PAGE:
It is quite common to want your Arduino to keep actual time allowing you to timestamp data in a way that humans can understand. These dates and times can easily be interpreted by tools like Microsoft Excel and Matlab where they can be used for more in-depth analysis.

This example shows how you can use MegunoLinks MessageLibrary and MLPUIMessageProcessor controls inside an interface panel to detect and respond to a time sync message sent by the Arduino.

Time is kept using a library written by Michael Margolis and Paul Stoffregen. This time library can be downloaded from here. Install the library as you would any other Arduino library. As well as the time library we are also using our CommandHandler and ArduinoTimer libraries for receiving the time and triggering the synchronization.

The MegunoLink Interface

The first step is to configure MegunoLink (or download my example interface here). Once you have MegunoLink open create a basic project with connection manager, monitor, and interface panel. The interface panel handles the command processing and time synchronizing.

MegunoLink interface showing interface panel editor button

Open MegunoLink and create a basic project with connection manager, monitor and interface panel.

Go into the interface panel designer by clicking the designer button (circled in red). The image below shows the designer. From the Toolbox on the left add a MessageLibrary and then a MLPUIMessageProcessor. The order is important so make sure the MessageLibrary is added first.

MLPUIMessageProcessor responds to serial commands it receives and the MessageLibrary object provides a way to design responses which can be executed whenever the target command is received.

Interface panel designer showing objects added to interface

Interface panel designer with MLPUIMessageProcessor and MessageLibrary objects added to interface.

In this example, we will stick with the default names and we will not specify a channel for the MLPUIMessageProcessor.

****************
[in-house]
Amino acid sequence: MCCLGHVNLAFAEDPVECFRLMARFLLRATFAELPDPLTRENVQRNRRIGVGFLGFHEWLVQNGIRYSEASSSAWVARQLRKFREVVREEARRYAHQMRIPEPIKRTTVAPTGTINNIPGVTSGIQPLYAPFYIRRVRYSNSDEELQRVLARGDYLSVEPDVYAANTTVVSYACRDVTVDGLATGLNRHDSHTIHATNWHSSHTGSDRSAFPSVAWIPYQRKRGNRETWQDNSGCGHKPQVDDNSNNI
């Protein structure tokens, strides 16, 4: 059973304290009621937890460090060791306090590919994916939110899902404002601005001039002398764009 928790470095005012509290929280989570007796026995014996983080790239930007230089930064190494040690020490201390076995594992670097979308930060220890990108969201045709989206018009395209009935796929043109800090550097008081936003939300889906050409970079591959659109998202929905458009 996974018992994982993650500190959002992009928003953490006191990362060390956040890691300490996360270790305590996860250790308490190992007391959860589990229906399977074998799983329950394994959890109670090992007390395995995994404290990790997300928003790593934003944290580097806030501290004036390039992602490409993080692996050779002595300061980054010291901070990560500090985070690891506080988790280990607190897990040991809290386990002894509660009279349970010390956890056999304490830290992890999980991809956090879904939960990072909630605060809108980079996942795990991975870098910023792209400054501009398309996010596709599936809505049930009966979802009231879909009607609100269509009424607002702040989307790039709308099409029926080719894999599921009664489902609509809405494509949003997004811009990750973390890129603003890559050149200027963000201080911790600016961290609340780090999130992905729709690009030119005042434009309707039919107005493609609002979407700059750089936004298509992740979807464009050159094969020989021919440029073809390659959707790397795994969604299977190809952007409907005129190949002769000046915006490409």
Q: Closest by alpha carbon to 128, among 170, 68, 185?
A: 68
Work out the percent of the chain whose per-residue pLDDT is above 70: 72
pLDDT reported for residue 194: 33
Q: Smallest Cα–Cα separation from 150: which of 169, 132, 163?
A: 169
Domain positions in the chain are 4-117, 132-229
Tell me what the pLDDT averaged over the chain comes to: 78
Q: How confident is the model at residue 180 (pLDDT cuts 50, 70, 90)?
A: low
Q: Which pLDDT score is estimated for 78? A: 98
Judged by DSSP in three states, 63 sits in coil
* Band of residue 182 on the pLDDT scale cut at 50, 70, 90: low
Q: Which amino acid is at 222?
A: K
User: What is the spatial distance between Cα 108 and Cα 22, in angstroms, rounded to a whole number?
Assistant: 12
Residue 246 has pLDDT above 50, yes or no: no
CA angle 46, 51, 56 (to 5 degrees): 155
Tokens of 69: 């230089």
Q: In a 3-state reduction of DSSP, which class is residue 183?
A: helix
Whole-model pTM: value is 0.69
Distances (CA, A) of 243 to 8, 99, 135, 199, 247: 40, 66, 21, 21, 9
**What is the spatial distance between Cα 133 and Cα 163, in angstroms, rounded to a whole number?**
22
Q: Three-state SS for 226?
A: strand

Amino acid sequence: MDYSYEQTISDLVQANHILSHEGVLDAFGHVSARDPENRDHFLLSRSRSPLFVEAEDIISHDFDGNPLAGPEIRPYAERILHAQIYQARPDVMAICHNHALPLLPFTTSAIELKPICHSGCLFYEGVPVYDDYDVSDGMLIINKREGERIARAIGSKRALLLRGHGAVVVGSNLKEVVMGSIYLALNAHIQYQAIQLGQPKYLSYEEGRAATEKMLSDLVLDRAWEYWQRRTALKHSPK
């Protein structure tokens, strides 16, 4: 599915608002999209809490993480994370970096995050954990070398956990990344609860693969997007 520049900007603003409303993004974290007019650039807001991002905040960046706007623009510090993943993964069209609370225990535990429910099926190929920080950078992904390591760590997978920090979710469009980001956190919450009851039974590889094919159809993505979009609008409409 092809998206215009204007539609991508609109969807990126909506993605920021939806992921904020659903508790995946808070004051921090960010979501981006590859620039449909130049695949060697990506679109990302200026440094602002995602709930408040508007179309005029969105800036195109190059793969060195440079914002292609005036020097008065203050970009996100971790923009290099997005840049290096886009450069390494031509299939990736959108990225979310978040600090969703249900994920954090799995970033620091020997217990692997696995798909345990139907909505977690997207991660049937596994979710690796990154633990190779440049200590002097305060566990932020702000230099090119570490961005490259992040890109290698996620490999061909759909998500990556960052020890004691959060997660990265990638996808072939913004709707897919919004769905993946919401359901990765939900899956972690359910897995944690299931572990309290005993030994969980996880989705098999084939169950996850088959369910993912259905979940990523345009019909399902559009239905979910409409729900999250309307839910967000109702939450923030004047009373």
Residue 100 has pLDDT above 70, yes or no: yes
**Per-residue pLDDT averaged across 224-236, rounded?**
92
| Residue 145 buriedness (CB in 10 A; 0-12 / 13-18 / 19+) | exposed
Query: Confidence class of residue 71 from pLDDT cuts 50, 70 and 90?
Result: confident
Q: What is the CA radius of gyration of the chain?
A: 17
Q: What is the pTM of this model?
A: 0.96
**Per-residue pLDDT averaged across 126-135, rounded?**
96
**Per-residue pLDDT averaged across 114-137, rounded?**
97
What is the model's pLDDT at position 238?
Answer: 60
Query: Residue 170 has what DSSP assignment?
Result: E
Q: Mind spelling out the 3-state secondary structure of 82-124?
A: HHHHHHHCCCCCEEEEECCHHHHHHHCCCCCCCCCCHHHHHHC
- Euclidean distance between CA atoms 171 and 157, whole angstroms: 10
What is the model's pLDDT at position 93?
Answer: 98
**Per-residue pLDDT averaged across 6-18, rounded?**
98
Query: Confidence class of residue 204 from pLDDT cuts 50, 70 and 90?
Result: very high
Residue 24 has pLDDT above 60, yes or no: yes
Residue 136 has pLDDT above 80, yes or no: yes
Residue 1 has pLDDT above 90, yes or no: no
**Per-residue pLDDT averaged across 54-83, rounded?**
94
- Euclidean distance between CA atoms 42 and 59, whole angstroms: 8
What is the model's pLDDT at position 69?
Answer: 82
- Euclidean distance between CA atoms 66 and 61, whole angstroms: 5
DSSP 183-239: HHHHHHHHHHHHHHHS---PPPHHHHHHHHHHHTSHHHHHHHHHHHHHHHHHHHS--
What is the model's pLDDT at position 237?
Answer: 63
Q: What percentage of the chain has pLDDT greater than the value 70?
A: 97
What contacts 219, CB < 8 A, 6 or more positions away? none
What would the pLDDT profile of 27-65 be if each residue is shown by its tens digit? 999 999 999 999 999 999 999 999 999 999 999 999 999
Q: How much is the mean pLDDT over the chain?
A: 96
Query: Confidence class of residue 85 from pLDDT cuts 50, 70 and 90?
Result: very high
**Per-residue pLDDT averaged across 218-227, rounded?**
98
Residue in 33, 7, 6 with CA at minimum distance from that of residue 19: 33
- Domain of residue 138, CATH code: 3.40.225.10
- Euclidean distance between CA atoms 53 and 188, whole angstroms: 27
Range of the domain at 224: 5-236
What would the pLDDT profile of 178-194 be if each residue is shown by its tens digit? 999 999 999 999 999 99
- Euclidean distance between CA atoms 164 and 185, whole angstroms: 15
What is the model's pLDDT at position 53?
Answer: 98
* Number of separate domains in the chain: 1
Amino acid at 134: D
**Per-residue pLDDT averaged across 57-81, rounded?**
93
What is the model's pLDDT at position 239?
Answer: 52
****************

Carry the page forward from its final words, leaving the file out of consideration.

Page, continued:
Now we need to add the command to the MessageLibrary1 object. To do that click on MessageLibrary1 and in the properties box click on the Messages property.

Red circle showing messages property

Accessing the Messages property of the message library.

The Messages property box will appear. Here you enter the name of the message, this name is what the Arduino will use in its serial message to trigger the command. In this case, I called it “TimeMessage”. Then simply add the command you want to execute, the result of which will be sent back over the serial channel. In this example I want to send the time in seconds since the 1/1/1970 (Unix time).

Editing a message in the message library dialog

Adding the time message to the message library.

Close the message library once your message has been added.

Now we need to connect the MessageLibrary1 object to the MLPUIMessageProcessor1 object. Click on MLPUIMessageProcessor1 and in the properties section, you will see a library option. Click on that and select MessageLibrary1.

How to connect the message library with message processor

Connecting the message processor and message libraries together.

Once that connection is made you can click apply (top left) in the designer so that the interface is transferred to MegunoLink. Now you can close the designer and its a good idea save your MegunoLink project.

Now whenever the Arduino sends this {UI|CMD|TimeMessage} over the serial connection the MLPUIMessageProcessor1 object will trigger and respond to the Arduino with the Unix time. The Arduino program will process this message and synchronise its clock to that time.

Build an interface panel for your Arduino sketch

The Arduino Program

The below code block shows the Arduino program. The program is fairly simple, your Arduino should attempt to sync its time every 10 seconds and it will print the time to the monitor every second.

Program your Arduino with this and then connect it to MegunoLink using the connection manager.

What you should see in MegunoLink

Once your Arduino is programmed connect it to MegunoLink and look at the monitor to see what messages are going back and forth. The screenshot below shows an example of what should occur. At startup and every 10 seconds, the Arduino sends MegunoLink a request for the time ({UI|CMD|TimeMessage}). This message is processed and the time sync message is sent back to the Arduino (!SetTime 1491919844\r\n). The Arduino used this message to sync up its clock and then it prints the time every second which you can also see in the monitor window.

Example of time being synchronized.

Serial monitor showing the Arduino time synchronize request (black) and the message sent back to the microcontroller (red).

Summary

This example demonstrates that MegunoLink can be used as a time synchronization service when coupled with a time-keeping library and our command handling and timer libraries.

Being able to provide your own timestamp is useful when wanting to log and plot data with your own timestamps rather than relying on MegunoLinks internal timestamping.

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